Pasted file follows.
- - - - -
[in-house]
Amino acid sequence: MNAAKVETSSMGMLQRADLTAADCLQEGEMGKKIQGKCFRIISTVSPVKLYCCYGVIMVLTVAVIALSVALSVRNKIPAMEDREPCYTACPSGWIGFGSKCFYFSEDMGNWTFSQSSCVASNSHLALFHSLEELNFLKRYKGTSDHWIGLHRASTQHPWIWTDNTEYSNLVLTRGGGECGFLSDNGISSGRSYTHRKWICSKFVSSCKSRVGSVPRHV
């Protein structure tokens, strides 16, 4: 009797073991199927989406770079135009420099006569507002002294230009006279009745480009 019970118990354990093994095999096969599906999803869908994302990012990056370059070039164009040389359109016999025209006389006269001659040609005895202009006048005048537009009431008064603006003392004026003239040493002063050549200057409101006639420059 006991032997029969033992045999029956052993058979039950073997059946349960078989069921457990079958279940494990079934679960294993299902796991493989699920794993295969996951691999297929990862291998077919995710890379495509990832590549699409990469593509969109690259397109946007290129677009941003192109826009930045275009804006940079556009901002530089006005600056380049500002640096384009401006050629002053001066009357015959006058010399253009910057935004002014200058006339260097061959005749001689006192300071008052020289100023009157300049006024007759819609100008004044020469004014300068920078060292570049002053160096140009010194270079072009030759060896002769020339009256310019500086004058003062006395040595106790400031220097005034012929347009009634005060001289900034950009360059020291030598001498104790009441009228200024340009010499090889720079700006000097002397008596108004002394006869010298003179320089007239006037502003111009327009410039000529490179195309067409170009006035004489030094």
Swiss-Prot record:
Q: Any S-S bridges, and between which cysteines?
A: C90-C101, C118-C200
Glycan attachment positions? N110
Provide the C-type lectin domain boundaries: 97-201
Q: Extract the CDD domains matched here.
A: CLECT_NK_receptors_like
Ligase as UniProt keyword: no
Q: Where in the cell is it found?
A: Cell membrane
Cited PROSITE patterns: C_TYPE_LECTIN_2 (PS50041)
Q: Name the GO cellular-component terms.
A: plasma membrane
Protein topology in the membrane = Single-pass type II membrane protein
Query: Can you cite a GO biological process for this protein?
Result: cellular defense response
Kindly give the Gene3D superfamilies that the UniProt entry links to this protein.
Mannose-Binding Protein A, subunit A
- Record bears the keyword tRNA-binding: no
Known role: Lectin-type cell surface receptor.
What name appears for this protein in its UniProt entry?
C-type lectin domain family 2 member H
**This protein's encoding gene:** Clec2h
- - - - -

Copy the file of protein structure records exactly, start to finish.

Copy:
[in-house]
Amino acid sequence: MNAAKVETSSMGMLQRADLTAADCLQEGEMGKKIQGKCFRIISTVSPVKLYCCYGVIMVLTVAVIALSVALSVRNKIPAMEDREPCYTACPSGWIGFGSKCFYFSEDMGNWTFSQSSCVASNSHLALFHSLEELNFLKRYKGTSDHWIGLHRASTQHPWIWTDNTEYSNLVLTRGGGECGFLSDNGISSGRSYTHRKWICSKFVSSCKSRVGSVPRHV
């Protein structure tokens, strides 16, 4: 009797073991199927989406770079135009420099006569507002002294230009006279009745480009 019970118990354990093994095999096969599906999803869908994302990012990056370059070039164009040389359109016999025209006389006269001659040609005895202009006048005048537009009431008064603006003392004026003239040493002063050549200057409101006639420059 006991032997029969033992045999029956052993058979039950073997059946349960078989069921457990079958279940494990079934679960294993299902796991493989699920794993295969996951691999297929990862291998077919995710890379495509990832590549699409990469593509969109690259397109946007290129677009941003192109826009930045275009804006940079556009901002530089006005600056380049500002640096384009401006050629002053001066009357015959006058010399253009910057935004002014200058006339260097061959005749001689006192300071008052020289100023009157300049006024007759819609100008004044020469004014300068920078060292570049002053160096140009010194270079072009030759060896002769020339009256310019500086004058003062006395040595106790400031220097005034012929347009009634005060001289900034950009360059020291030598001498104790009441009228200024340009010499090889720079700006000097002397008596108004002394006869010298003179320089007239006037502003111009327009410039000529490179195309067409170009006035004489030094």
Swiss-Prot record:
Q: Any S-S bridges, and between which cysteines?
A: C90-C101, C118-C200
Glycan attachment positions? N110
Provide the C-type lectin domain boundaries: 97-201
Q: Extract the CDD domains matched here.
A: CLECT_NK_receptors_like
Ligase as UniProt keyword: no
Q: Where in the cell is it found?
A: Cell membrane
Cited PROSITE patterns: C_TYPE_LECTIN_2 (PS50041)
Q: Name the GO cellular-component terms.
A: plasma membrane
Protein topology in the membrane = Single-pass type II membrane protein
Query: Can you cite a GO biological process for this protein?
Result: cellular defense response
Kindly give the Gene3D superfamilies that the UniProt entry links to this protein.
Mannose-Binding Protein A, subunit A
- Record bears the keyword tRNA-binding: no
Known role: Lectin-type cell surface receptor.
What name appears for this protein in its UniProt entry?
C-type lectin domain family 2 member H
**This protein's encoding gene:** Clec2h